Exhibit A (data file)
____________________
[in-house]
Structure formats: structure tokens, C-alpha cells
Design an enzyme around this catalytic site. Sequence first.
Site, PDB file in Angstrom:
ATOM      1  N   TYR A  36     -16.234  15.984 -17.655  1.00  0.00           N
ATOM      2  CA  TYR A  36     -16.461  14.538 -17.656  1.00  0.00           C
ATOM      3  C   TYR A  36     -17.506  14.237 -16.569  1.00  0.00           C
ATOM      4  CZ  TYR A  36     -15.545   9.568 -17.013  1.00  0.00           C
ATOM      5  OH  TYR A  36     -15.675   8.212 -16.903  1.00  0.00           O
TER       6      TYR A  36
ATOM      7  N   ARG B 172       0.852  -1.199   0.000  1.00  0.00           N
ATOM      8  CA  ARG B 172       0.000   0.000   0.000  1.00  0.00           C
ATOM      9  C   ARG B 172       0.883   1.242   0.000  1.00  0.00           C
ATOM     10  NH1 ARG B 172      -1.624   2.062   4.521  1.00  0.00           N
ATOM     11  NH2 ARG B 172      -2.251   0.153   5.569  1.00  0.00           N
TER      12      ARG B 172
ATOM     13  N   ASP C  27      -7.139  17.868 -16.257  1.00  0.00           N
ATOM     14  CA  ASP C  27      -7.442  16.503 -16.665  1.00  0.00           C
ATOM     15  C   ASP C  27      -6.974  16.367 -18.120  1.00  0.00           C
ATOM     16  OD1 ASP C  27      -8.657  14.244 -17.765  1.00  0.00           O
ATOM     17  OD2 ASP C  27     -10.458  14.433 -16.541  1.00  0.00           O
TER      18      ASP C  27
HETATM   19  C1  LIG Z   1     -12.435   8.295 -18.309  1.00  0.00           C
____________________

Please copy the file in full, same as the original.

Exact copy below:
[in-house]
Structure formats: structure tokens, C-alpha cells
Design an enzyme around this catalytic site. Sequence first.
Site, PDB file in Angstrom:
ATOM      1  N   TYR A  36     -16.234  15.984 -17.655  1.00  0.00           N
ATOM      2  CA  TYR A  36     -16.461  14.538 -17.656  1.00  0.00           C
ATOM      3  C   TYR A  36     -17.506  14.237 -16.569  1.00  0.00           C
ATOM      4  CZ  TYR A  36     -15.545   9.568 -17.013  1.00  0.00           C
ATOM      5  OH  TYR A  36     -15.675   8.212 -16.903  1.00  0.00           O
TER       6      TYR A  36
ATOM      7  N   ARG B 172       0.852  -1.199   0.000  1.00  0.00           N
ATOM      8  CA  ARG B 172       0.000   0.000   0.000  1.00  0.00           C
ATOM      9  C   ARG B 172       0.883   1.242   0.000  1.00  0.00           C
ATOM     10  NH1 ARG B 172      -1.624   2.062   4.521  1.00  0.00           N
ATOM     11  NH2 ARG B 172      -2.251   0.153   5.569  1.00  0.00           N
TER      12      ARG B 172
ATOM     13  N   ASP C  27      -7.139  17.868 -16.257  1.00  0.00           N
ATOM     14  CA  ASP C  27      -7.442  16.503 -16.665  1.00  0.00           C
ATOM     15  C   ASP C  27      -6.974  16.367 -18.120  1.00  0.00           C
ATOM     16  OD1 ASP C  27      -8.657  14.244 -17.765  1.00  0.00           O
ATOM     17  OD2 ASP C  27     -10.458  14.433 -16.541  1.00  0.00           O
TER      18      ASP C  27
HETATM   19  C1  LIG Z   1     -12.435   8.295 -18.309  1.00  0.00           C